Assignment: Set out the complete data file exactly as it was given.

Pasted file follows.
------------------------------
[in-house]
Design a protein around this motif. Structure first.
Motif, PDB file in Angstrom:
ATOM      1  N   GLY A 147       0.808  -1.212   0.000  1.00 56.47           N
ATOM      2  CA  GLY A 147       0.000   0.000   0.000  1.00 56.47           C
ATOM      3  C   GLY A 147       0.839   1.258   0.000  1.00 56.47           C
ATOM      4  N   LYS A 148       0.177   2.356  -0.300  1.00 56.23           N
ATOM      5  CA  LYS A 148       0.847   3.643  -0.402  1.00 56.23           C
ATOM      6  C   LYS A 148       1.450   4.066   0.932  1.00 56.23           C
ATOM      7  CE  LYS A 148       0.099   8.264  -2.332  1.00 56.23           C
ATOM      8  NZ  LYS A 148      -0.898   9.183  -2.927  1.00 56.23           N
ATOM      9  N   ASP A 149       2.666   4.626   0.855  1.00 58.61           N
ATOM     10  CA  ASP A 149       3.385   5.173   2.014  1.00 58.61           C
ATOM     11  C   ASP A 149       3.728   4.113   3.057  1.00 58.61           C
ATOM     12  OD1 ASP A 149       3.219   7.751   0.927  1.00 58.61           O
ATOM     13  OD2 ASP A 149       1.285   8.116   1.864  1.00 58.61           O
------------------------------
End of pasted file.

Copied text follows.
[in-house]
Design a protein around this motif. Structure first.
Motif, PDB file in Angstrom:
ATOM      1  N   GLY A 147       0.808  -1.212   0.000  1.00 56.47           N
ATOM      2  CA  GLY A 147       0.000   0.000   0.000  1.00 56.47           C
ATOM      3  C   GLY A 147       0.839   1.258   0.000  1.00 56.47           C
ATOM      4  N   LYS A 148       0.177   2.356  -0.300  1.00 56.23           N
ATOM      5  CA  LYS A 148       0.847   3.643  -0.402  1.00 56.23           C
ATOM      6  C   LYS A 148       1.450   4.066   0.932  1.00 56.23           C
ATOM      7  CE  LYS A 148       0.099   8.264  -2.332  1.00 56.23           C
ATOM      8  NZ  LYS A 148      -0.898   9.183  -2.927  1.00 56.23           N
ATOM      9  N   ASP A 149       2.666   4.626   0.855  1.00 58.61           N
ATOM     10  CA  ASP A 149       3.385   5.173   2.014  1.00 58.61           C
ATOM     11  C   ASP A 149       3.728   4.113   3.057  1.00 58.61           C
ATOM     12  OD1 ASP A 149       3.219   7.751   0.927  1.00 58.61           O
ATOM     13  OD2 ASP A 149       1.285   8.116   1.864  1.00 58.61           O